Style, Content, and the Success of Ideas

Reihane Boghrati, Jonah Berger, Grant Packard

Why do some things succeed in the marketplace of ideas? While some argue that content drives success, others suggest that style, or the way ideas are presented, also plays an important role. To provide a stringent test of style's importance, we examine it in a context where content should be paramount: academic research. While scientists often see writing as a disinterested way to communicate unobstructed truth, a multi-method investigation indicates that writing style shapes impact. Separating style from content can be difficult as papers that tend to use certain language may also write about certain topics. Consequently, we focus on a unique class of words linked to style (i.e., function words such as "and," "the," and "on") that are completely devoid of content. Natural language processing of almost 30,000 articles from a range of disciplines finds that function words explain 13-27% of language's impact on citations. Ancillary analyses explore specific categories of function words to suggest how style matters, highlighting the role of writing simplicity, personal voice, and temporal perspective. Experiments further underscore the causal impact of style. The results suggest how to boost communication's impact and highlight the value of natural language processing for understanding the success of ideas.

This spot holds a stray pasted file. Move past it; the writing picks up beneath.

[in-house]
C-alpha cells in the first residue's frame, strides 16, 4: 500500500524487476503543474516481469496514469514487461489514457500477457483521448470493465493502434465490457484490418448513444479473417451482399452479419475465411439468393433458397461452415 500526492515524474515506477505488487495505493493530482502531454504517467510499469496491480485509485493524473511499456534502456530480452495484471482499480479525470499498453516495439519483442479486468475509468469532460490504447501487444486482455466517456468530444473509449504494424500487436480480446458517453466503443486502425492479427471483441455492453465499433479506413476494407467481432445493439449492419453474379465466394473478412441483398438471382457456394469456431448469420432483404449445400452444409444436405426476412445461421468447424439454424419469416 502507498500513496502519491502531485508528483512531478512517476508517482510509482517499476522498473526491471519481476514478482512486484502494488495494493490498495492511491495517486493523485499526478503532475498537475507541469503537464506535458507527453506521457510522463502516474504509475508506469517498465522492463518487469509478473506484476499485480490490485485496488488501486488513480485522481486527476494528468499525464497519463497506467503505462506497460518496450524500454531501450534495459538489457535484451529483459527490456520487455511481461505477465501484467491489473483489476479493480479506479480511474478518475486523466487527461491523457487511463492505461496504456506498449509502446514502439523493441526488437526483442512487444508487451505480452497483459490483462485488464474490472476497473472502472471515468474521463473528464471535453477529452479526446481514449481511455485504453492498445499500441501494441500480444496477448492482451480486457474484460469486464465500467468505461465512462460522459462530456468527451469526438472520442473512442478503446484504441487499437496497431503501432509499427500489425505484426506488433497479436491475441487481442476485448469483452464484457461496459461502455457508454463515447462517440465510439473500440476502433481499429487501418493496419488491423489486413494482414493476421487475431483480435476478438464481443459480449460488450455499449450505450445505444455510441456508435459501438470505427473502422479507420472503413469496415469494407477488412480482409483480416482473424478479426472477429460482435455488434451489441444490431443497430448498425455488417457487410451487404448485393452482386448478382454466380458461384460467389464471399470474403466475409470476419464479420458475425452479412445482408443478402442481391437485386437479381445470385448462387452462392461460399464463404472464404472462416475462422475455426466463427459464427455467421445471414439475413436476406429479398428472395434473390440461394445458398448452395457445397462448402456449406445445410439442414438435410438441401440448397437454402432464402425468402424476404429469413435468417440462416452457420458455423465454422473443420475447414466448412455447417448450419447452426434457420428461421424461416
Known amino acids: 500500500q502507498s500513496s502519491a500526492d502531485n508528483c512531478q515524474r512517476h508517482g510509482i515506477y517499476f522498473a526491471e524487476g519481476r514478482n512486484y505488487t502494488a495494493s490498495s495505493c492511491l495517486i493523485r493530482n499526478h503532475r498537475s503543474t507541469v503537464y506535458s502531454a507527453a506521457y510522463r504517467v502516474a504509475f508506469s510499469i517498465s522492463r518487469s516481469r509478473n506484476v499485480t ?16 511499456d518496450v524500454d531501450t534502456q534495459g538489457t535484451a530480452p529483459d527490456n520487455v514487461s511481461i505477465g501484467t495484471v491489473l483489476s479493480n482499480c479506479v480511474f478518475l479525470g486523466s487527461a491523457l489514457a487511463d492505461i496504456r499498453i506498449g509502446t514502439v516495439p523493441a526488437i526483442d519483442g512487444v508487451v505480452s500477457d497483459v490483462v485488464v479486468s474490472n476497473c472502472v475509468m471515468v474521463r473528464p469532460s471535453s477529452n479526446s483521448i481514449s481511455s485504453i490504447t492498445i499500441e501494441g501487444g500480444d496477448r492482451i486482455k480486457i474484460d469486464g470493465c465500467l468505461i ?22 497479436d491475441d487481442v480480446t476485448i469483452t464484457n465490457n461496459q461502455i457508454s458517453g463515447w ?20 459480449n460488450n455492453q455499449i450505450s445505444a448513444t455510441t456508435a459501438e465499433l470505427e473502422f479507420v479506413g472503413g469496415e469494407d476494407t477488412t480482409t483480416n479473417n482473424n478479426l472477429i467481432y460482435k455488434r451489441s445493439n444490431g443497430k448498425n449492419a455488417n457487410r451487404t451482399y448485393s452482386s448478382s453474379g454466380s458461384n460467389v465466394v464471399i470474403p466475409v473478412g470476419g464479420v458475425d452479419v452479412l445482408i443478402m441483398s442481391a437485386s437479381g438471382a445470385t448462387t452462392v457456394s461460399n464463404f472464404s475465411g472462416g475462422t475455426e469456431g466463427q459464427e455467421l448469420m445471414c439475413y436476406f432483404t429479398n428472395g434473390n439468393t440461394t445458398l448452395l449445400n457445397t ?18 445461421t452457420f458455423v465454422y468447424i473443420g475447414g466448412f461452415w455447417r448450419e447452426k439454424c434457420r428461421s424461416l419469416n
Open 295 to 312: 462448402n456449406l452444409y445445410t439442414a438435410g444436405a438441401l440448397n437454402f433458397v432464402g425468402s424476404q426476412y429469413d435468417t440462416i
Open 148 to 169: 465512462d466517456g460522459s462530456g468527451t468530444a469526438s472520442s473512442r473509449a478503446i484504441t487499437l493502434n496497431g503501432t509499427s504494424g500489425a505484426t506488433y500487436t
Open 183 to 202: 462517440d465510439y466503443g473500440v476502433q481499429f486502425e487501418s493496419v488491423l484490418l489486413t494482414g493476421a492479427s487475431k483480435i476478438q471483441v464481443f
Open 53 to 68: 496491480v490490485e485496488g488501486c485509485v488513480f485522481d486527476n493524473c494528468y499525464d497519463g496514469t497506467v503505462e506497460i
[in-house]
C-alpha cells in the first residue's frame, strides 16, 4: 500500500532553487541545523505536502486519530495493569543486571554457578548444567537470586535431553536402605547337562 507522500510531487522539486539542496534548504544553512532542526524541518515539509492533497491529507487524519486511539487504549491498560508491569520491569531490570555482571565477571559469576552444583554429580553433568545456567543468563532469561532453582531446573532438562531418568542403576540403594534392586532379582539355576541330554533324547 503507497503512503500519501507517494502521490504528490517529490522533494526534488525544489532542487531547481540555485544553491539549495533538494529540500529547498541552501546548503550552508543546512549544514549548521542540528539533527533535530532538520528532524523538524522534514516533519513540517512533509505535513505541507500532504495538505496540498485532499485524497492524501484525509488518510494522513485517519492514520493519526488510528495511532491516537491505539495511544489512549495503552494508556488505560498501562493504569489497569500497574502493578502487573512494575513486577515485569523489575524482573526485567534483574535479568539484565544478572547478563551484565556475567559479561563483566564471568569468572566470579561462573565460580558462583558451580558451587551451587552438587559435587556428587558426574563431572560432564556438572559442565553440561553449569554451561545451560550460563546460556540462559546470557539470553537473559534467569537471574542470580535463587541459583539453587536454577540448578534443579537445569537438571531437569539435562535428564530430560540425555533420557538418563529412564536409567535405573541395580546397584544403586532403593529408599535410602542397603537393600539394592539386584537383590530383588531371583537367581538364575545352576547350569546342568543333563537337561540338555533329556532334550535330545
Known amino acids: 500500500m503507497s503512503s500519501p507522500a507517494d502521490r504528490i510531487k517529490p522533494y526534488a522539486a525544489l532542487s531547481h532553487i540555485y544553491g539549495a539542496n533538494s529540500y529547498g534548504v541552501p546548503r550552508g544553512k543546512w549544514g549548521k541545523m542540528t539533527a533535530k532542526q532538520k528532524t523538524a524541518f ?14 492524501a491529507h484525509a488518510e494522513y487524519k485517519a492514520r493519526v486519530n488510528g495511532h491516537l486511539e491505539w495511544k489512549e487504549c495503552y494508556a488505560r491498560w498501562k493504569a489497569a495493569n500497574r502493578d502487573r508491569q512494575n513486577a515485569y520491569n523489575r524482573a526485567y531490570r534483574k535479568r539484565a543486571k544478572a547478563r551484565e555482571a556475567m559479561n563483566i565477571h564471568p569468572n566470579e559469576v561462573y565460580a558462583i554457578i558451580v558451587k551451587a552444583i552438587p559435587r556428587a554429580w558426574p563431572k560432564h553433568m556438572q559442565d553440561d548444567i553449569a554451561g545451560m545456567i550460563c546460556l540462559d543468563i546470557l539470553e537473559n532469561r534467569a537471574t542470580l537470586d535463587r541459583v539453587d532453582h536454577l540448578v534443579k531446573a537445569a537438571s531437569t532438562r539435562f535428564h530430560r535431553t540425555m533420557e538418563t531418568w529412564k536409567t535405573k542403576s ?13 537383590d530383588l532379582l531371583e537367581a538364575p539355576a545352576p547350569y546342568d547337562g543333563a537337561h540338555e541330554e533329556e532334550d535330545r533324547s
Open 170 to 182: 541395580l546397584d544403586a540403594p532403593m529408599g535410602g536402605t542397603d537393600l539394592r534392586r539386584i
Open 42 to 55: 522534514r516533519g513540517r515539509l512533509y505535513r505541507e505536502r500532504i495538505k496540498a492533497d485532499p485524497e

Knowledge Graph

arrow_drop_up

Comments

Sign up or login to leave a comment